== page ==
Cold Plunging Options for Home Use

You don’t need fancy equipment to try cold plunging. Here are some do-it-yourself options:

  • Cold plunge pools – Convert a plastic tub into a cold plunge pool or invest in an inexpensive inflatable or collapsible tub. Use ice water or cold packs to achieve desired temperature.
  • Ice baths – Fill your bathtub with cold water and add ice. Monitor the water temperature frequently. This is the most cost-effective option.
  • Natural waters – Rivers, lakes, or oceans can provide an invigorating outdoor cold plunge experience.
  • Cold showers – Simply turn your shower to the coldest setting for a quick cold exposure. Shorten your normal shower time.

Look for plastic tubs or portable pools that are large enough to immerse your full body up to your neck. This maximises the cold exposure.

Putting It All Together for Runners

Incorporating cold water immersion into your training can support faster recovery between workouts, minimize soreness, and potentially help you become a stronger runner. While research continues to evolve, many runners anecdotally report meaningful benefits from regular cold plunging.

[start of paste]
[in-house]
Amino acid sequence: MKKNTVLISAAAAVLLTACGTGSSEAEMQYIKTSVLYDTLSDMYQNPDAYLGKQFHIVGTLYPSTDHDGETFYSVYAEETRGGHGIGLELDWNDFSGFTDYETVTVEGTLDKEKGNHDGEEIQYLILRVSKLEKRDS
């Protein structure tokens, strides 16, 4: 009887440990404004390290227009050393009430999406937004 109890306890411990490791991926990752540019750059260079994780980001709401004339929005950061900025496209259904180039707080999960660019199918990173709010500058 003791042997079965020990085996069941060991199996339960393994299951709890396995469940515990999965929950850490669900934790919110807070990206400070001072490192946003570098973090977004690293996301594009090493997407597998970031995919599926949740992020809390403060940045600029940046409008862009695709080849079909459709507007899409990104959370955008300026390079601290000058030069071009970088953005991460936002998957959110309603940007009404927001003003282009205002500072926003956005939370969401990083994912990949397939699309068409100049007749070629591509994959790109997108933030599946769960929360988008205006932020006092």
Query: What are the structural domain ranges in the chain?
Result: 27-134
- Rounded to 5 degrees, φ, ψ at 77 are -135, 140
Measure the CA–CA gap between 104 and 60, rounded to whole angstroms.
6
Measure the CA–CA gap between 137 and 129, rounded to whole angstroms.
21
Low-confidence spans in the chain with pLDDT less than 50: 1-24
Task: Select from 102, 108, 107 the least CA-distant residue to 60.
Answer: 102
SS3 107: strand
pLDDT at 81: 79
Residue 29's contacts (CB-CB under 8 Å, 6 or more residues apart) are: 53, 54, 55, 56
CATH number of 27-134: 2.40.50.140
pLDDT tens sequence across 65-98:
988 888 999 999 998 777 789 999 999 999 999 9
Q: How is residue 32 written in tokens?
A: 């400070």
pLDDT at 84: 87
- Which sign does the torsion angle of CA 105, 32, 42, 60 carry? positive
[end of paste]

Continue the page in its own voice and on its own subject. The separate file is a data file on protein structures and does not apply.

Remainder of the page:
Aim to cold plunge about 30 minutes after key training sessions or racing. Start with 5 minutes and build up to 10-15 minutes as tolerated. Consistency is important, so cold plunge at least 3-5 times per week during intense training periods. Listen to your body and take a break if the cold plunging starts to have diminishing returns or negative impacts on your running.

While not a silver bullet, cold plunging is an intriguing and low-cost training tool. Test it out for yourself and see if you notice a difference in your recovery and running performance. Just take the proper safety precautions – never plunge alone and avoid overexposure. With the right protocol, cold water immersion can help take your running to the next level. Just don’t forget your parka!

FAQ About Cold Plunge for Runners

What is cold water therapy, and how does it benefit runners?

Cold water therapy is a technique that involves immersing your body in cold water to help boost recovery. For runners, it can help reduce inflammation in peripheral muscles, reduce muscle pain, and accelerate improvements in cardiovascular fitness